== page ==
Jim Cramer's been sour on Baidu (NASDAQ: BIDU ) for more than a year, but that doesn't mean that you should follow suit.
"These Chinese stocks they've had a really big run," he said during Mad Money's lightning round on Tuesday. "I tell you to buy, and then the Communist party does something stupid and I look like I've got General Tso's chicken on my face. Let's hold off on that one."
It's not fair to hold Cramer to the sound bites he's slinging during his show's lightning round -- even that questionable General Tso's remark -- but his attitude has been largely negative in recent months.
Four weeks ago he suggested that a caller cash out on Baidu, once again arguing that he's not fond of Chinese stocks.
"I'm not crazy about playing China with single stocks," he said when asked about China's leading search engine back in February, recommending an ETF that buys a basket of Chinese equities instead.
The problem, in retrospect, is that Baidu shares closed at $89.35 that day. It has gained 63% since then through yesterday's close, and the stock hit a new 52-week high today.
Being bearish on Baidu may have paid off last year, but it's been a bad call in 2013. Let's go over some of the days when Cramer nixed Baidu during Mad Money's speedy call-in round.
|Sept. 7, 2012||$109.59|
|Nov. 28, 2012||$95.81|
|Feb. 27, 2013||$89.35|
|March 27, 2013||$88.13|
|Aug. 22, 2013||$139.54|
|Sept. 17, 2013||$143.81|
It's easy to see why investors began to get nervous last year. Qihoo 360 (NYSE: QIHU ) introduced a new search engine, and its juicy position as the company behind China's most popular Web browser and online security software helped it become an overnight success. A year later, Qihoo 360 is up to roughly 15% of the market by some counts. That's an impressive rookie season. However, most -- but not all -- of those gains have come at the expense of smaller search engine alternatives.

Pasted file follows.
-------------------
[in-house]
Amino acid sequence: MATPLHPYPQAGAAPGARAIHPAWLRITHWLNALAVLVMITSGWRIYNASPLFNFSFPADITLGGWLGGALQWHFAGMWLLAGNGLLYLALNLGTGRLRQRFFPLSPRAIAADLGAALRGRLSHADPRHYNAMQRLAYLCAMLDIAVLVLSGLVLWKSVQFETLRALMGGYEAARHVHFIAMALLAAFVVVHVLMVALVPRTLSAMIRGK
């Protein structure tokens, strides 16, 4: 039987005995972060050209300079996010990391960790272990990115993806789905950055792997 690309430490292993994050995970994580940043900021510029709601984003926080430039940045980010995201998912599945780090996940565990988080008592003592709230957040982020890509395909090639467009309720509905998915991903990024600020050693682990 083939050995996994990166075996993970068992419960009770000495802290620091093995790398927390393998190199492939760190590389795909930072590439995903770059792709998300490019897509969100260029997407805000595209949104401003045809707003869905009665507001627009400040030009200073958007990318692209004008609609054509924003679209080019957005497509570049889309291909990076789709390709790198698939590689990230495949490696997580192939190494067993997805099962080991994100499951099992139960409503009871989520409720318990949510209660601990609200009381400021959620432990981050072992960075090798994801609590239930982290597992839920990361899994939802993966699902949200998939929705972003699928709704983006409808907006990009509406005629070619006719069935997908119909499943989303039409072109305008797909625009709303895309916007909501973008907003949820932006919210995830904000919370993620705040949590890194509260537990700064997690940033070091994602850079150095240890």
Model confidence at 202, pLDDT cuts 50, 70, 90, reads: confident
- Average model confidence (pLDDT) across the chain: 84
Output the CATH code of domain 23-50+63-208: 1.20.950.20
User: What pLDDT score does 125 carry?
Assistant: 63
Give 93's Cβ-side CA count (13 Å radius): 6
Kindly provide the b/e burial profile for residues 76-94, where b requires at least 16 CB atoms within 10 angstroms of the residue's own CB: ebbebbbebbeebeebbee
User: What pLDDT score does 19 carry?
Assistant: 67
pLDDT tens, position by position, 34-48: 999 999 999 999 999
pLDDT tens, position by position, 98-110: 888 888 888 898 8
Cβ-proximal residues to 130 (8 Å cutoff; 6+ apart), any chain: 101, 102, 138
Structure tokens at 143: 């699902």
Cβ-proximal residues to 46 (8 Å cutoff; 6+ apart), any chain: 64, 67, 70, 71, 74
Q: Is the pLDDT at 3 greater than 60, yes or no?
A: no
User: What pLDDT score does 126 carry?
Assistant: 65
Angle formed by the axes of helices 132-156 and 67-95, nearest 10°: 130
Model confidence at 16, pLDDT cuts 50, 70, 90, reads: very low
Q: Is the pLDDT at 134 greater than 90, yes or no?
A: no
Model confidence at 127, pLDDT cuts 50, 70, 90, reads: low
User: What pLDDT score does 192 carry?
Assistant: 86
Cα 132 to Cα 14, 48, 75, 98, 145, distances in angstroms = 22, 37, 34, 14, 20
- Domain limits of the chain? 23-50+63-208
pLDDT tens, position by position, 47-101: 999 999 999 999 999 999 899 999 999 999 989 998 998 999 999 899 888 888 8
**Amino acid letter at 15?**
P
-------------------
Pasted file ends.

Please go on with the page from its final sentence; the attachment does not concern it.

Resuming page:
There was speculation earlier this summer that Qihoo 360 would snap up Sohu.com's Sogou, a move that would combine the country's second- and third-largest engines to form a platform that would command nearly a quarter of the country's search queries. However, that plan was upended when gaming and chat leader Tencent acquired a substantial stake in Sogou this week.
Either way, it's not as if Baidu's growth has stalled under Qihoo 360's challenge. Revenue climbed 39% in its latest quarter, and Baidu's targeting revenue growth to accelerate to a 40% to 43% rate in the current quarter. Baidu's trading at less than 24 times next year's projected earnings. That's not cheap, but it's certainly more than reasonable given its growth.
Cramer is certainly correct about the threat of China's restrictive government. It has kept China's Internet on a tight leash, and you never know when it will pull back some more. However, investors that have stayed away from Baidu since it went public eight years ago at a split-adjusted price of $2.70 have missed out on one of tech's biggest winners in that time.
Baidu's made investors rich by scaling this Great Wall of worry, and my apologies if that reference is just as questionable as Cramer bringing up a chicken dish.